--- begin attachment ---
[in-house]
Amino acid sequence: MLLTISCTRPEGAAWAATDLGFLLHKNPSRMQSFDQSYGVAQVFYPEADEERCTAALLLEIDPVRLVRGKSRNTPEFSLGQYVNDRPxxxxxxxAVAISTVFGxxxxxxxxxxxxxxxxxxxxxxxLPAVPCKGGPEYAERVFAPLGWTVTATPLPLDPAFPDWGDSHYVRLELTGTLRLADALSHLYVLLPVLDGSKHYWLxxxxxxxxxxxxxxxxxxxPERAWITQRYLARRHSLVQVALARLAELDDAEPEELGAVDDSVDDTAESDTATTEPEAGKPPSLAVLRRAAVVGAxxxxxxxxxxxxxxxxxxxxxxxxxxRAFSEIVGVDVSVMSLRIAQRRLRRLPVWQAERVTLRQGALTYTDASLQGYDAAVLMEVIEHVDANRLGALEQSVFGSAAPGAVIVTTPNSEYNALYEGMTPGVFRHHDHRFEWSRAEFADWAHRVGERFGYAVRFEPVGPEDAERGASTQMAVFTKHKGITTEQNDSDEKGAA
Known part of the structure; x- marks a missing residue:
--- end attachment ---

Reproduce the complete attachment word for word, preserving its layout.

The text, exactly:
[in-house]
Amino acid sequence: MLLTISCTRPEGAAWAATDLGFLLHKNPSRMQSFDQSYGVAQVFYPEADEERCTAALLLEIDPVRLVRGKSRNTPEFSLGQYVNDRPxxxxxxxAVAISTVFGxxxxxxxxxxxxxxxxxxxxxxxLPAVPCKGGPEYAERVFAPLGWTVTATPLPLDPAFPDWGDSHYVRLELTGTLRLADALSHLYVLLPVLDGSKHYWLxxxxxxxxxxxxxxxxxxxPERAWITQRYLARRHSLVQVALARLAELDDAEPEELGAVDDSVDDTAESDTATTEPEAGKPPSLAVLRRAAVVGAxxxxxxxxxxxxxxxxxxxxxxxxxxRAFSEIVGVDVSVMSLRIAQRRLRRLPVWQAERVTLRQGALTYTDASLQGYDAAVLMEVIEHVDANRLGALEQSVFGSAAPGAVIVTTPNSEYNALYEGMTPGVFRHHDHRFEWSRAEFADWAHRVGERFGYAVRFEPVGPEDAERGASTQMAVFTKHKGITTEQNDSDEKGAA
Known part of the structure; x- marks a missing residue: